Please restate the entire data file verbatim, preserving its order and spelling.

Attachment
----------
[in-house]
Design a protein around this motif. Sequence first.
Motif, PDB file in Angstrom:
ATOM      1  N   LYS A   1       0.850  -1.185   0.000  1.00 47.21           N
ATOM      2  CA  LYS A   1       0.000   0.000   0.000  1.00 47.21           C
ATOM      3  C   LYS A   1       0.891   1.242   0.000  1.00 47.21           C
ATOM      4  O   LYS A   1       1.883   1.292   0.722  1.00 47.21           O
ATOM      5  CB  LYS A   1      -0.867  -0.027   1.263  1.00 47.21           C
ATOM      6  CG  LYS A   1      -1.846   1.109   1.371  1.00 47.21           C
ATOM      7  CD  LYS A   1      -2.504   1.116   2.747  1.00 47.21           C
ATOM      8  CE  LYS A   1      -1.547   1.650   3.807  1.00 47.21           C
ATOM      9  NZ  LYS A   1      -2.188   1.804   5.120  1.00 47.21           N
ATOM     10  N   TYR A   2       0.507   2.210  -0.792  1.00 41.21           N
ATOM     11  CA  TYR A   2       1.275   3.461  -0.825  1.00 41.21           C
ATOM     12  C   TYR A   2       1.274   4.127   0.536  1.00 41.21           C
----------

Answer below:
[in-house]
Design a protein around this motif. Sequence first.
Motif, PDB file in Angstrom:
ATOM      1  N   LYS A   1       0.850  -1.185   0.000  1.00 47.21           N
ATOM      2  CA  LYS A   1       0.000   0.000   0.000  1.00 47.21           C
ATOM      3  C   LYS A   1       0.891   1.242   0.000  1.00 47.21           C
ATOM      4  O   LYS A   1       1.883   1.292   0.722  1.00 47.21           O
ATOM      5  CB  LYS A   1      -0.867  -0.027   1.263  1.00 47.21           C
ATOM      6  CG  LYS A   1      -1.846   1.109   1.371  1.00 47.21           C
ATOM      7  CD  LYS A   1      -2.504   1.116   2.747  1.00 47.21           C
ATOM      8  CE  LYS A   1      -1.547   1.650   3.807  1.00 47.21           C
ATOM      9  NZ  LYS A   1      -2.188   1.804   5.120  1.00 47.21           N
ATOM     10  N   TYR A   2       0.507   2.210  -0.792  1.00 41.21           N
ATOM     11  CA  TYR A   2       1.275   3.461  -0.825  1.00 41.21           C
ATOM     12  C   TYR A   2       1.274   4.127   0.536  1.00 41.21           C